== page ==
Local News

Group Says a Litter-less City Can Lure Businesses, Residents

Fayetteville Beautiful Committee wants to clean up litter because it's a nicer, and more profitable, way to live as Fort Bragg population grows.

Posted Updated

FAYETTEVILLE, N.C. — Litter is everywhere, from Mount Mitchell to Morehead City. You see it on freeways and farm roads. It costs millions in taxpayer dollars every year to try to keep North Carolina clean.

Fayetteville, however, is in the thick of a fight to keep clean.

People are too willing to accept the messiness, says Bobby Hurst, chairman of the newly formed Fayetteville Beautiful Committee.

"They don't notice it. They just think it's a part of the way it's supposed to be," Hurst says.

The citizens who formed the Fayetteville Beautiful Committee say that is simply not OK.

"They are saying, ‘Look, we need to take responsibility and encourage all citizens to take responsibility for their environment,’" Hurst explains.

The state Department of Transportation says it spent $16 million last year picking up litter. Fayetteville Beautiful argues that the trash could be costing in other ways, too—by fending off business.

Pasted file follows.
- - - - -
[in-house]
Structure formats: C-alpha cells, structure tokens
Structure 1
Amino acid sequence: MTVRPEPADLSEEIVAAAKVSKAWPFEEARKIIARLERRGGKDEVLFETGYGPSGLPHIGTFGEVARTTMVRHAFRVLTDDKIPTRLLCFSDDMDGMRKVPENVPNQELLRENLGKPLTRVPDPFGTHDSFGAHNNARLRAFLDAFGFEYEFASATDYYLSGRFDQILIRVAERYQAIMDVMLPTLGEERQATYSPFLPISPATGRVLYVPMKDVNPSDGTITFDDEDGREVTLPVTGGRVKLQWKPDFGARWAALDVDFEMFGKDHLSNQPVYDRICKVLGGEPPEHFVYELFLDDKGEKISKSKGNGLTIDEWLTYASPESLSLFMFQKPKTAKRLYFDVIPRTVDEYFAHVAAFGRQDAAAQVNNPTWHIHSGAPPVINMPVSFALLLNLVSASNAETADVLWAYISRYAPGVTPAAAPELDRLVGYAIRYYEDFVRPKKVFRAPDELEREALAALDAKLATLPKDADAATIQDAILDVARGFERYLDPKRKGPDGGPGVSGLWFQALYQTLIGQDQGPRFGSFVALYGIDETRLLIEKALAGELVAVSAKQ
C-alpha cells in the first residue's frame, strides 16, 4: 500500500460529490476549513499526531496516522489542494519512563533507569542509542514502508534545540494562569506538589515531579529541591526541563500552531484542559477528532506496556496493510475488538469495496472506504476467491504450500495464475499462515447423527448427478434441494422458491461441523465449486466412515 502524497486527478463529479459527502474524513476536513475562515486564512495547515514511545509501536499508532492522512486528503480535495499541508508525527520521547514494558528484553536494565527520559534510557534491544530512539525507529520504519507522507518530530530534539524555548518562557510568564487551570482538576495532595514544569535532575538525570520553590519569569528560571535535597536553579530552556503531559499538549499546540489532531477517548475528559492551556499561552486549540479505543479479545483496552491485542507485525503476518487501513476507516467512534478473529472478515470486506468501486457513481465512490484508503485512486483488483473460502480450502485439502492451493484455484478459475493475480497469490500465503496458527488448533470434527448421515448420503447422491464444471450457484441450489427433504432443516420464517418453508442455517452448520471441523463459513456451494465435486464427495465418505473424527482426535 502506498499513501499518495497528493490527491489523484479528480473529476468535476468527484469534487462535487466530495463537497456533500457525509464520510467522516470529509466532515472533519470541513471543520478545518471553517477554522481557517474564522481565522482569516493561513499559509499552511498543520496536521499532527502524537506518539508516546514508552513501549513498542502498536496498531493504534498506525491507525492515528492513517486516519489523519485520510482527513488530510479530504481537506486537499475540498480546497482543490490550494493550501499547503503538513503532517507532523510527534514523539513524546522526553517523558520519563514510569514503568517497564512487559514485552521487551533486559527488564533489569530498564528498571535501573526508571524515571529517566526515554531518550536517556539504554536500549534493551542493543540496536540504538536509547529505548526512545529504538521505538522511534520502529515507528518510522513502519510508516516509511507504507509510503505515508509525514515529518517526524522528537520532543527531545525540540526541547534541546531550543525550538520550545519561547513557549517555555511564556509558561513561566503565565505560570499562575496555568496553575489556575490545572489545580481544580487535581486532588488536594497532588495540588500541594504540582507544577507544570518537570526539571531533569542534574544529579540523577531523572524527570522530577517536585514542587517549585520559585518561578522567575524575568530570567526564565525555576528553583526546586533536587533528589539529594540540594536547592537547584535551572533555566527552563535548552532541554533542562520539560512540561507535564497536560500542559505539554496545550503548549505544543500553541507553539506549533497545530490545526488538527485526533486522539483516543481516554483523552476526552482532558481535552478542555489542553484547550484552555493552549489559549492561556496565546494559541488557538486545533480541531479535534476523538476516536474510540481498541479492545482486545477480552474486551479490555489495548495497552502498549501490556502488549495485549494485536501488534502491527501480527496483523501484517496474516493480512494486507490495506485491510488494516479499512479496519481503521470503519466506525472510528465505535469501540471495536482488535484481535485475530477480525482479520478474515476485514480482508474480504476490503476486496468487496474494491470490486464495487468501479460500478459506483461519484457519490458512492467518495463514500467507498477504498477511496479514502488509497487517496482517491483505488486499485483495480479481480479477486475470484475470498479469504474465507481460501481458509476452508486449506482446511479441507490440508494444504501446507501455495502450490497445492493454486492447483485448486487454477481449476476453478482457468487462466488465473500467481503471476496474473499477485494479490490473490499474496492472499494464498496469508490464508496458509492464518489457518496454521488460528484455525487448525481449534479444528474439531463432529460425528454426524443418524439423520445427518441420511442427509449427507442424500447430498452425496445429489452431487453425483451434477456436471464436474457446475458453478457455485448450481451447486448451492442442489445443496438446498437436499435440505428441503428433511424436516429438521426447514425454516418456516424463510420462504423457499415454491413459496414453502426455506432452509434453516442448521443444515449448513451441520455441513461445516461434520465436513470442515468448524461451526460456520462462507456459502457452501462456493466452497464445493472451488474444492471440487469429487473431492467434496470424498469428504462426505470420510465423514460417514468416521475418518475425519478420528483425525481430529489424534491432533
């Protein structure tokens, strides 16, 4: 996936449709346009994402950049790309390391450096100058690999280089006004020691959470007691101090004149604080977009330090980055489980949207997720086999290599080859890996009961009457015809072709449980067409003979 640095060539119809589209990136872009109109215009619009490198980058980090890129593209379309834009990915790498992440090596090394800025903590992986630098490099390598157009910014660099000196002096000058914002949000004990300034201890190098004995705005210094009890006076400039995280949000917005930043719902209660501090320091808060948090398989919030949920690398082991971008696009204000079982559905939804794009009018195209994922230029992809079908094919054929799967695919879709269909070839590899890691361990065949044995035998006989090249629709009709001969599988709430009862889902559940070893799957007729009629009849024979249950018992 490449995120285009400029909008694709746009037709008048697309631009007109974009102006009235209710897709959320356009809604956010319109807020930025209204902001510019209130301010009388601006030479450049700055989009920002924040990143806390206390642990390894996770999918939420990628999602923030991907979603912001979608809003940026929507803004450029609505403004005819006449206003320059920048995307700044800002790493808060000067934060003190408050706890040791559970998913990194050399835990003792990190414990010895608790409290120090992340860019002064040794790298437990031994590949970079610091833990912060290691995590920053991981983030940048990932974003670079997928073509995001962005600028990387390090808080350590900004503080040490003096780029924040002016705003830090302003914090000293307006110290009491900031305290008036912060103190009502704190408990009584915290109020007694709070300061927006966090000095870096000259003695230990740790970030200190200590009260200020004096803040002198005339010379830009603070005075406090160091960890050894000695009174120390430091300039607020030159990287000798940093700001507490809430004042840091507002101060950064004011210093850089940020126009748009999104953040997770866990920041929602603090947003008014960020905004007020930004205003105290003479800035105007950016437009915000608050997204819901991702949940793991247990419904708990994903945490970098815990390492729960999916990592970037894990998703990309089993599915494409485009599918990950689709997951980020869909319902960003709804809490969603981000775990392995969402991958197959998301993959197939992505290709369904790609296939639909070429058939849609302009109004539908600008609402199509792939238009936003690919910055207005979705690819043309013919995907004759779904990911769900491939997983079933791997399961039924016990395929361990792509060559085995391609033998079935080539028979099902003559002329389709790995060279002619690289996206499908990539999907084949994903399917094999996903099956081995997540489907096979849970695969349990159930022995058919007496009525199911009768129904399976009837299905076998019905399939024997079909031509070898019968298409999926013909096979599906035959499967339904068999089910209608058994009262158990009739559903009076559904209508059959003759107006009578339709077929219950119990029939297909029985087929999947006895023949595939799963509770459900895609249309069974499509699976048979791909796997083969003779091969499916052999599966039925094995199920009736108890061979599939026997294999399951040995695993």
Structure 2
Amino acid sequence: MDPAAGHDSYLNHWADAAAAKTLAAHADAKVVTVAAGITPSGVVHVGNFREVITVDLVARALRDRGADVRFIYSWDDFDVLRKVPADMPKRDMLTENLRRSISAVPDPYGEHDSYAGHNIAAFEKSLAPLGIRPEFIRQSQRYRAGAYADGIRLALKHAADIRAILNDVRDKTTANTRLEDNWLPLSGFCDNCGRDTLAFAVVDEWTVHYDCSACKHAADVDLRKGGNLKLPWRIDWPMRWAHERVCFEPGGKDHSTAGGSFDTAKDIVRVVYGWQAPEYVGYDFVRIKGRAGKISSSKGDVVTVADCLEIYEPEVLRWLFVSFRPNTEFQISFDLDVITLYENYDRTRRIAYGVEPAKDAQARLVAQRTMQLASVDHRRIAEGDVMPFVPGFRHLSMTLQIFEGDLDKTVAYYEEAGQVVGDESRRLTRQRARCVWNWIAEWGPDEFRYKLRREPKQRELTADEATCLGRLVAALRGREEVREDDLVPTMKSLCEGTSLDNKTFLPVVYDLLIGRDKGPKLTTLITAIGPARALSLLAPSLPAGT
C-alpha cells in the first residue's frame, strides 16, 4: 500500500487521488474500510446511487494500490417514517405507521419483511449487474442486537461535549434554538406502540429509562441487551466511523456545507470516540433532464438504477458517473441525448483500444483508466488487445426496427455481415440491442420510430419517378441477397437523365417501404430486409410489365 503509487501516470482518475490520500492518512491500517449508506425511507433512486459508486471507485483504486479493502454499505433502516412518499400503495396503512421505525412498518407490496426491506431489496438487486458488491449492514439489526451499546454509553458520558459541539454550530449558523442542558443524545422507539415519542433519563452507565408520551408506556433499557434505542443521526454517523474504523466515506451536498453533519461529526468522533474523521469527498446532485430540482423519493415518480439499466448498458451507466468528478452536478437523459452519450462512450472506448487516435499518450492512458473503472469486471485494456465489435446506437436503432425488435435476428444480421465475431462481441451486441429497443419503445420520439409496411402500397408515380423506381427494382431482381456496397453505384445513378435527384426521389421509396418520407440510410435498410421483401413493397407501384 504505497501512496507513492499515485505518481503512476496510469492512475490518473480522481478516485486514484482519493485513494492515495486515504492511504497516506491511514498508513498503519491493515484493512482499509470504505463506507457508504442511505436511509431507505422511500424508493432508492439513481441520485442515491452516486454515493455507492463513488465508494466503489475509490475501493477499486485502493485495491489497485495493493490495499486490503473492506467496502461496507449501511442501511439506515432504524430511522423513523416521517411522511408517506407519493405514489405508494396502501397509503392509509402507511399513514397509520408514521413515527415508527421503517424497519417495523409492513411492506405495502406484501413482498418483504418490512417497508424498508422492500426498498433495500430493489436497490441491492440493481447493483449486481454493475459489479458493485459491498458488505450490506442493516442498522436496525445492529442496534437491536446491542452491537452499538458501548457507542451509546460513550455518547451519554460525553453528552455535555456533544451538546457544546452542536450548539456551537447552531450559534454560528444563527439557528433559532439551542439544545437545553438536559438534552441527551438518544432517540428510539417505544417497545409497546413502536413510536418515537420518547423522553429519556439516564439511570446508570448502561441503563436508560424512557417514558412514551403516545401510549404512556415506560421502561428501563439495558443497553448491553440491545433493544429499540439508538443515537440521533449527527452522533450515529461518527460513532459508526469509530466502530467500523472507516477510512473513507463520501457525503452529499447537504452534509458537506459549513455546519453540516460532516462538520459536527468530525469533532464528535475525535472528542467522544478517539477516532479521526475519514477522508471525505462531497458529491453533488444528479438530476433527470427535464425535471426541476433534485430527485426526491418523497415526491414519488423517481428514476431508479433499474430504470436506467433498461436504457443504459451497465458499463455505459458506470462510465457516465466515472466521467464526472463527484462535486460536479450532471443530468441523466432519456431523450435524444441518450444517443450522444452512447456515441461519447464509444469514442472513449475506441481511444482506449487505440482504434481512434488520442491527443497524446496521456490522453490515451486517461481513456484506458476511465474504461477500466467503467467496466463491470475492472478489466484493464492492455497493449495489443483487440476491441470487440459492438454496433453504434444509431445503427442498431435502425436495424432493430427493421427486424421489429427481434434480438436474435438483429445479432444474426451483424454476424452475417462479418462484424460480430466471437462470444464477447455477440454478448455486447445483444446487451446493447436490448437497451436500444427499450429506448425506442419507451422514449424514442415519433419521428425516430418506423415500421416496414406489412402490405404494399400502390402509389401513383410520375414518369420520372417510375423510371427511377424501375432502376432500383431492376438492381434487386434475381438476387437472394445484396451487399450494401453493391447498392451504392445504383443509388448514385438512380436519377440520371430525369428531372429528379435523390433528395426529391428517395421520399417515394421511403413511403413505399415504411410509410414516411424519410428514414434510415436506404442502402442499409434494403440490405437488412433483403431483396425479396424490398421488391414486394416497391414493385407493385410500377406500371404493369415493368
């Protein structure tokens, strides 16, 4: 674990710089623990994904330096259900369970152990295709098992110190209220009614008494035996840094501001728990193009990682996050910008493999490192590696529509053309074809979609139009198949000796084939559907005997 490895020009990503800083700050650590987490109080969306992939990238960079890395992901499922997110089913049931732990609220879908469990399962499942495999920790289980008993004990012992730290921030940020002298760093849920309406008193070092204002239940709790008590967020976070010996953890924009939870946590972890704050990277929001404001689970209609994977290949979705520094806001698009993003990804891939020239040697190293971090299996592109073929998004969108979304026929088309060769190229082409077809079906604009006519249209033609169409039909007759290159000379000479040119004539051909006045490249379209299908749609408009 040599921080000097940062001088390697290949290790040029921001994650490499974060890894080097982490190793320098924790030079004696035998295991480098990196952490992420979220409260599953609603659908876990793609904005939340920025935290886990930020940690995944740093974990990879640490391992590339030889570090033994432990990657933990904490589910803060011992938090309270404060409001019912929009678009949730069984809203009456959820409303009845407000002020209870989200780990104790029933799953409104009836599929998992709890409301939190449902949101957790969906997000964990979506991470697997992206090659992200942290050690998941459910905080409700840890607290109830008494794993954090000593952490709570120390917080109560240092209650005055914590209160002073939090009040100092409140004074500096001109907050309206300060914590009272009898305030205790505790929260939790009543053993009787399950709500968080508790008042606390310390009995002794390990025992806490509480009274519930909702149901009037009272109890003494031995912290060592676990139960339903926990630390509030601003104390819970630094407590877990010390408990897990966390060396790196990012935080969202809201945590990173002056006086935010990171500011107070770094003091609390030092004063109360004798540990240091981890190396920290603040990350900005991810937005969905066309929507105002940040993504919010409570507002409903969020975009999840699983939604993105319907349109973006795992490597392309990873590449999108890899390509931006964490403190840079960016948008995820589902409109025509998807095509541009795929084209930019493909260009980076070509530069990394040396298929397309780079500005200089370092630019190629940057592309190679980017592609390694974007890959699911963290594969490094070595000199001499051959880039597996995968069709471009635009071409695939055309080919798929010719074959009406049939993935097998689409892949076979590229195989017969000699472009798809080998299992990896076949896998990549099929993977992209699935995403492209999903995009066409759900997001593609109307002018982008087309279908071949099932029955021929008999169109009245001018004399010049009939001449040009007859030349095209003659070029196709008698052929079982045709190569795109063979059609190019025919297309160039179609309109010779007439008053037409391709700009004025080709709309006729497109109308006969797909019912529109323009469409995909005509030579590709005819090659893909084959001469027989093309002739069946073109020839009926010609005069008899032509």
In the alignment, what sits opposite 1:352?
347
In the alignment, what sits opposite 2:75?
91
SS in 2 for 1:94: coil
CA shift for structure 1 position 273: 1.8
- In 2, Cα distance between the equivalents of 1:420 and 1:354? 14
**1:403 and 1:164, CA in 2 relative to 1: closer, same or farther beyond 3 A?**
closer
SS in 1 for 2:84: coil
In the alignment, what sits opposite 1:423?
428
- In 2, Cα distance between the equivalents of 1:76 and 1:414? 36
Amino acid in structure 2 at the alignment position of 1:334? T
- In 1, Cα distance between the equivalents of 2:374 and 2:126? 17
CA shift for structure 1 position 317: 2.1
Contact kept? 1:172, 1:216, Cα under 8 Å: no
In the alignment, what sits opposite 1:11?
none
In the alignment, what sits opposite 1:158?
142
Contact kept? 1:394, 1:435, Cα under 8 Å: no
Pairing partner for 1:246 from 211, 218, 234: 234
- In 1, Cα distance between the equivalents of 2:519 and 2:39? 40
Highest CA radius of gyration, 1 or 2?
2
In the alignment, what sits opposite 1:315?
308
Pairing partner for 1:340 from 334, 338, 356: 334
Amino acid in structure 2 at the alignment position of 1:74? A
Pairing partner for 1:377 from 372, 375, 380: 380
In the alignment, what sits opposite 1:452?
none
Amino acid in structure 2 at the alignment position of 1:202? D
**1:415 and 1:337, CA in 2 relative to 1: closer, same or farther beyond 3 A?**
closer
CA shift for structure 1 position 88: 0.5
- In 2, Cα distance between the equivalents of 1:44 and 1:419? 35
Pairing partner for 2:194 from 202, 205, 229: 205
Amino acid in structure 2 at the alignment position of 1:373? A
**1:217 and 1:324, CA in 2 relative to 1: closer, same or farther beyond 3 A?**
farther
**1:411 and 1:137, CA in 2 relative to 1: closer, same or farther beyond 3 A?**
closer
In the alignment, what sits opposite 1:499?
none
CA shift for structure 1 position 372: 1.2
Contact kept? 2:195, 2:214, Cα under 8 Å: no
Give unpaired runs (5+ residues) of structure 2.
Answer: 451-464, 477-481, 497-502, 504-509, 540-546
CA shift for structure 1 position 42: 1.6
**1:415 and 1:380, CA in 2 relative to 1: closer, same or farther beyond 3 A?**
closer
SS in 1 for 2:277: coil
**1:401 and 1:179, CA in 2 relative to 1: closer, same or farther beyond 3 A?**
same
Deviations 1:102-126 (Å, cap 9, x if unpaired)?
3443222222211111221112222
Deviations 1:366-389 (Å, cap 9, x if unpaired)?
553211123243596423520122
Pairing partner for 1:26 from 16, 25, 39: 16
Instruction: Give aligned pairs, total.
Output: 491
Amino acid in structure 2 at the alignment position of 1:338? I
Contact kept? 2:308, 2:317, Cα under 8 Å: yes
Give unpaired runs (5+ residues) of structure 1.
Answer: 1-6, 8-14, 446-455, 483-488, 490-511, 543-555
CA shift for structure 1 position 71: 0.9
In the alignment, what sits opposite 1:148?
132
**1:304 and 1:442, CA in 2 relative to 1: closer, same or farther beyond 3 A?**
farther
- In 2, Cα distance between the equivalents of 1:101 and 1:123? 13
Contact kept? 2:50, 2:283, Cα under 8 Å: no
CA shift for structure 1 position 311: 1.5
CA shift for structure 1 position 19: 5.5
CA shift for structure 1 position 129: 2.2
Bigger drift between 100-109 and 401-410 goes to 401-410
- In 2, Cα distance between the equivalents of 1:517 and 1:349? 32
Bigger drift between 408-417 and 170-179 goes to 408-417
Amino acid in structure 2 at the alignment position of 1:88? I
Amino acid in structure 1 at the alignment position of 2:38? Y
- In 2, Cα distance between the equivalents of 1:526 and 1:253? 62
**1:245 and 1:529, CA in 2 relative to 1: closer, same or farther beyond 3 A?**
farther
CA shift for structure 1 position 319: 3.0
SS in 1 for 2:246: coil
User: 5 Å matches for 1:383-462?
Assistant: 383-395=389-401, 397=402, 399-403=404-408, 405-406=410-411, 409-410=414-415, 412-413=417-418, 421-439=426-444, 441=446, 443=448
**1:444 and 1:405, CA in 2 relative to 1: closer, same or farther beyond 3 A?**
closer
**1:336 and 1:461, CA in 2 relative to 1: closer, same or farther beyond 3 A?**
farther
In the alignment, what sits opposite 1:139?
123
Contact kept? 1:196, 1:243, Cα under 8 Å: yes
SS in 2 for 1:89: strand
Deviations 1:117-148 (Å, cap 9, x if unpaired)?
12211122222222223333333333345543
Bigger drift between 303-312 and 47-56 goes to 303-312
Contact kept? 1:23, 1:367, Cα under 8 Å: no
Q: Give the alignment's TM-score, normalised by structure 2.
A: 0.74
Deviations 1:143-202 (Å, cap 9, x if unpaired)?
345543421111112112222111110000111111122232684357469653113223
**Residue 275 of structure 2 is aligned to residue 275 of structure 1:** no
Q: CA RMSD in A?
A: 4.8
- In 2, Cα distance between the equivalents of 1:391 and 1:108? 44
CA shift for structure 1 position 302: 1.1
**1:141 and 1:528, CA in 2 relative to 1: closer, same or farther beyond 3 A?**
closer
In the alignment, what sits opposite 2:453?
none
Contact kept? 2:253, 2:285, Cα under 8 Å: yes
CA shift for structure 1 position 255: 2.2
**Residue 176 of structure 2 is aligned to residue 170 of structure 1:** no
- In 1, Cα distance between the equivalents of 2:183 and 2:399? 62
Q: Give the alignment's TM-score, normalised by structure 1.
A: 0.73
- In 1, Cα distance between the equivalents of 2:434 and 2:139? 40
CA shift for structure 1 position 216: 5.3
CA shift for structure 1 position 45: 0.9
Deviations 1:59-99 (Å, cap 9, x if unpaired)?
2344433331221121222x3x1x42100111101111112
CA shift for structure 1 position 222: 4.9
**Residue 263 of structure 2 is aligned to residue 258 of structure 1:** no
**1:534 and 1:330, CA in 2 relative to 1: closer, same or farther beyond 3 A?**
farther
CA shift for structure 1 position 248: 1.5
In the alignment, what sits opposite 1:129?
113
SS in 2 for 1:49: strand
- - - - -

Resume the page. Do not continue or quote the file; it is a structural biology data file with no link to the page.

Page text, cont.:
As many as 20,000 people have their sights set on the Fort Bragg area in the next few years as Army units are moved there during base realignments.

"We're wanting really to get a sense of pride back in the community and say it's clean and we're gonna keep it that way," Hurst says.

Fayetteville Beautiful is working to create tougher penalties for littering in the city. The group also is planning a day-long cleanup April 14.

Copyright 2024 by Capitol Broadcasting Company. All rights reserved. This material may not be published, broadcast, rewritten or redistributed.